This very complexity of his mental being, with the absence of any one principle which can safely dominate the others, the absence of any sure and certain light which can guide and fix in their vacillations the reason and the intelligent will, is mans great embarrassment and stumbling-block. All the hostile distinctions, oppositions, antagonisms, struggles, conversions, reversions, perversions of his mentality, all the chaotic war of ideas and impulses and tendencies which perplex his efforts, have arisen from the natural misunderstandings and conflicting claims of his many members. His reason is a judge who gives conflicting verdicts and is bribed and influenced by the suitors; his intelligent will is an administrator harassed by the conflicts of the different estates of his realm and by the sense of his own partiality and final incompetence. Still in the midst of it all he has formed certain large ideas of culture and the mental life, and his conflicting notions about them follow certain definite lines determined by the divisions of his nature and shaped into a general system of curves by his many attempts to arrive either at an exclusive standard or an integral harmony.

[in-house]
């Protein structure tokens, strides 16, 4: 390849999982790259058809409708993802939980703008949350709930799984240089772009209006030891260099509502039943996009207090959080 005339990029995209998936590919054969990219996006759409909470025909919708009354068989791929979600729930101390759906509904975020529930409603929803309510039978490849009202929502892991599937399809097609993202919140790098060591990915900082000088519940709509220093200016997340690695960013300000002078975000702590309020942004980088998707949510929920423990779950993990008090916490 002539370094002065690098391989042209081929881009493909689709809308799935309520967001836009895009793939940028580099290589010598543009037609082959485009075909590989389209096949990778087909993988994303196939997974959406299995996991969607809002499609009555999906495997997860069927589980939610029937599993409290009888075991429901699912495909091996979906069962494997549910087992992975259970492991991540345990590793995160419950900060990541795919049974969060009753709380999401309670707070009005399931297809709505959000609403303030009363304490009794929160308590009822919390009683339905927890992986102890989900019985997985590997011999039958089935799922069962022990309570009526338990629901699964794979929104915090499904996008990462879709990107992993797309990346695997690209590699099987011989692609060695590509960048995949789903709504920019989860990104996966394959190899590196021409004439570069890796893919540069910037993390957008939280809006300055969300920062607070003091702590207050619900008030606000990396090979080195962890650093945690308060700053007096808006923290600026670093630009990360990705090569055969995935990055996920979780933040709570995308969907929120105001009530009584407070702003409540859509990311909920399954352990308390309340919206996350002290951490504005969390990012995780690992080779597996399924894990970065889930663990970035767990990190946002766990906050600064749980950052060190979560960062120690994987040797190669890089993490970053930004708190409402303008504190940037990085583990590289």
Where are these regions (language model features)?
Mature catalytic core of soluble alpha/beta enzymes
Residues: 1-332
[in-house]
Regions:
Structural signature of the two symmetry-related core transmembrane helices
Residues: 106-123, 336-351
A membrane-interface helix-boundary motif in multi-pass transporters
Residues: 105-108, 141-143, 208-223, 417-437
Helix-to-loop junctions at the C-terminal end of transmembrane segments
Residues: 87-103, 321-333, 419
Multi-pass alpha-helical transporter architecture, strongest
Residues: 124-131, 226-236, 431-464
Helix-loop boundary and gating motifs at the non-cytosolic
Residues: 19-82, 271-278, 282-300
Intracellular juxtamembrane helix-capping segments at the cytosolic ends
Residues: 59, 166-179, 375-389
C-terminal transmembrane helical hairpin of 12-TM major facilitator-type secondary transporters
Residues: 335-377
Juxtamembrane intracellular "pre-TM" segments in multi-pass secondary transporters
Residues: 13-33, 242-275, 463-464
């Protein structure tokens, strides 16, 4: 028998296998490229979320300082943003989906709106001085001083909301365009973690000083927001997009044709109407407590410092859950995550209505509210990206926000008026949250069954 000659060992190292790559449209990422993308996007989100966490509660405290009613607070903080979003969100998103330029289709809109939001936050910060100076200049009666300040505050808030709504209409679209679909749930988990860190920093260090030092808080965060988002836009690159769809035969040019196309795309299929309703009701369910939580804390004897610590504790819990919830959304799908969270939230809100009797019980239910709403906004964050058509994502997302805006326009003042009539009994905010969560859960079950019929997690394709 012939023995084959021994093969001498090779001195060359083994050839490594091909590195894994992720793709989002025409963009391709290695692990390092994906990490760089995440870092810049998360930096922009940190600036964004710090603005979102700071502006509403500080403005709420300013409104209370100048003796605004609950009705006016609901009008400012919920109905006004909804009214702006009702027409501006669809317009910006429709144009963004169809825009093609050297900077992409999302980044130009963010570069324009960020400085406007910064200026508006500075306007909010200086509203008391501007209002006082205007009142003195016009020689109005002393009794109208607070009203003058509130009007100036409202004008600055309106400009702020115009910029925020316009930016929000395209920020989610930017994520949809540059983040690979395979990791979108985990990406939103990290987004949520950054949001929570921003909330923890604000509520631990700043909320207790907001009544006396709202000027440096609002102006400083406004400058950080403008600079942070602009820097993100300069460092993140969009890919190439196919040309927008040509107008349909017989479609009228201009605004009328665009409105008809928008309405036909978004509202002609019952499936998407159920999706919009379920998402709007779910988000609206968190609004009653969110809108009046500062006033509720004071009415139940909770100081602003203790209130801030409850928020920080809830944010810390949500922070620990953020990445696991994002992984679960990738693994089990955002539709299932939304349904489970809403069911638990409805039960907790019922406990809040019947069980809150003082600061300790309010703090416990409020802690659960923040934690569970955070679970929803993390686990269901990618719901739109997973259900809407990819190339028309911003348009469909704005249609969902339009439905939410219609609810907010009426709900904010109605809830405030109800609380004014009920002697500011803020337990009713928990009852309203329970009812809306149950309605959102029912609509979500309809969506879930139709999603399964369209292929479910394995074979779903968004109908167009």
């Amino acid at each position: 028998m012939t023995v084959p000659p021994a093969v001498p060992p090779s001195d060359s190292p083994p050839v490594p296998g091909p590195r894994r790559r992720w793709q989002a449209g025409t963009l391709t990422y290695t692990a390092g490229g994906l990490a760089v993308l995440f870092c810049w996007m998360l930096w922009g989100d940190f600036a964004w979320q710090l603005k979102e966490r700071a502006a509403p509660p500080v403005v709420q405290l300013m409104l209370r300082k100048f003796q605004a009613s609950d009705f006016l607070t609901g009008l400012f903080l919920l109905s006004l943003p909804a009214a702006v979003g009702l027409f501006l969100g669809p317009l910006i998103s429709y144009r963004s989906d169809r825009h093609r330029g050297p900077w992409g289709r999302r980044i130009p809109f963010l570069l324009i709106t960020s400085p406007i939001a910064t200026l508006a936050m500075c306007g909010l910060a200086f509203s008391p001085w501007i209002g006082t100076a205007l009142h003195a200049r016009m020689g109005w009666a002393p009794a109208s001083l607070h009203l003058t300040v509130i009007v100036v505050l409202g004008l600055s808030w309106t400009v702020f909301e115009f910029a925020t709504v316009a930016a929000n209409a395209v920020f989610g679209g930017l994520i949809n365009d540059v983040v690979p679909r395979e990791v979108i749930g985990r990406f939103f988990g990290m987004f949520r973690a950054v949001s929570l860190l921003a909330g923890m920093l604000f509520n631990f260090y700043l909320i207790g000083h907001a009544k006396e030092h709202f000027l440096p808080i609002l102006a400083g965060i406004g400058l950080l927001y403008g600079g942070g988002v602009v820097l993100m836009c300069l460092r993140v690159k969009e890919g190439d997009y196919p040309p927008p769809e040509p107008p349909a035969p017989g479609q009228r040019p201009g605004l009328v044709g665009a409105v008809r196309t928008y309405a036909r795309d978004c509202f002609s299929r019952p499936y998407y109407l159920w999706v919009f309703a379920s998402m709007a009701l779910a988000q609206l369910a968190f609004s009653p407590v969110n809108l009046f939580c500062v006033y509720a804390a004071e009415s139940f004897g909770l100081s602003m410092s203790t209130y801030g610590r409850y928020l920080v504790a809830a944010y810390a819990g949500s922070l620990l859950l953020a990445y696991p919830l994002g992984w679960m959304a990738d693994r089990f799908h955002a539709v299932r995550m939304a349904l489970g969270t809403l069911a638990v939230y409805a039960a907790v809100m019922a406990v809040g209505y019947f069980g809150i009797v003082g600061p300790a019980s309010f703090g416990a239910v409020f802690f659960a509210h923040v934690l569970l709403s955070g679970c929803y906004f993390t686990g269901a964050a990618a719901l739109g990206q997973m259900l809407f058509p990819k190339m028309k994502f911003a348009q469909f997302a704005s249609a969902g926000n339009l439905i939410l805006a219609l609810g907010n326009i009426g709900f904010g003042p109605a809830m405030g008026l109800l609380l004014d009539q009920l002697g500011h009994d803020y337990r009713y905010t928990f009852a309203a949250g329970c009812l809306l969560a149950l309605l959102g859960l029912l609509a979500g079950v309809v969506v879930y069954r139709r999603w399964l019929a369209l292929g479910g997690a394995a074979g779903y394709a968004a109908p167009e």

We have first the distinction between civilisation and barbarism. In its ordinary, popular sense civilisation means the state of civil society, governed, policed, organised, educated, possessed of knowledge and appliances as opposed to that which has not or is not supposed to have these advantages. In a certain sense the Red Indian, the Basuto, the Fiji islander had their civilisation; they possessed a rigorously, if simply organised society, a social law, some ethical ideas, a religion, a kind of training, a good many virtues in some of which, it is said, civilisation is sadly lacking; but we are agreed to call them savages and barbarians, mainly it seems, because of their crude and limited knowledge, the primitive rudeness of their appliances and the bare simplicity of their social organisation. In the more developed states of society we have such epithets as semi-civilised and semi-barbarous which are applied by different types of civilisation to each other,the one which is for a time dominant and physically successful has naturally the loudest and most self-confident say in the matter. Formerly men were more straightforward and simpleminded and frankly expressed their standpoint by stigmatising all peoples different in general culture from themselves as barbarians or Mlechchhas. The word civilisation so used comes to have a merely relative significance or hardly any fixed sense at all. We must therefore get rid in it of all that is temporary or accidental and fix it upon this distinction that barbarism is the state of society in which man is almost entirely preoccupied with his life and body, his economic and physical existence,at first with their sufficient maintenance, not as yet their greater or richer well-being,and has few means and little inclination to develop his mentality, while civilisation is the more evolved state of society in which to a sufficient social and economic organisation is added the activity of the mental life in most if not all of its parts; for sometimes some of these parts are left aside or discouraged or temporarily atrophied by their inactivity, yet the society may be very obviously civilised and even highly civilised. This conception will bring in all the civilisations historic and prehistoric and put aside all the barbarism, whether of Africa or Europe or Asia, Hun or Goth or Vandal or Turcoman. It is obvious that in a state of barbarism the rude beginnings of civilisation may exist; it is obvious too that in a civilised society a great mass of barbarism or numerous relics of it may exist. In that sense all societies are semi-civilised. How much of our present-day civilisation will be looked back upon with wonder and disgust by a more developed humanity as the superstitions and atrocities of an imperfectly civilised era! But the main point is this that in any society which we can call civilised the mentality of man must be active, the mental pursuits developed and the regulation and improvement of his life by the mental being a clearly self-conscious concept in his better mind.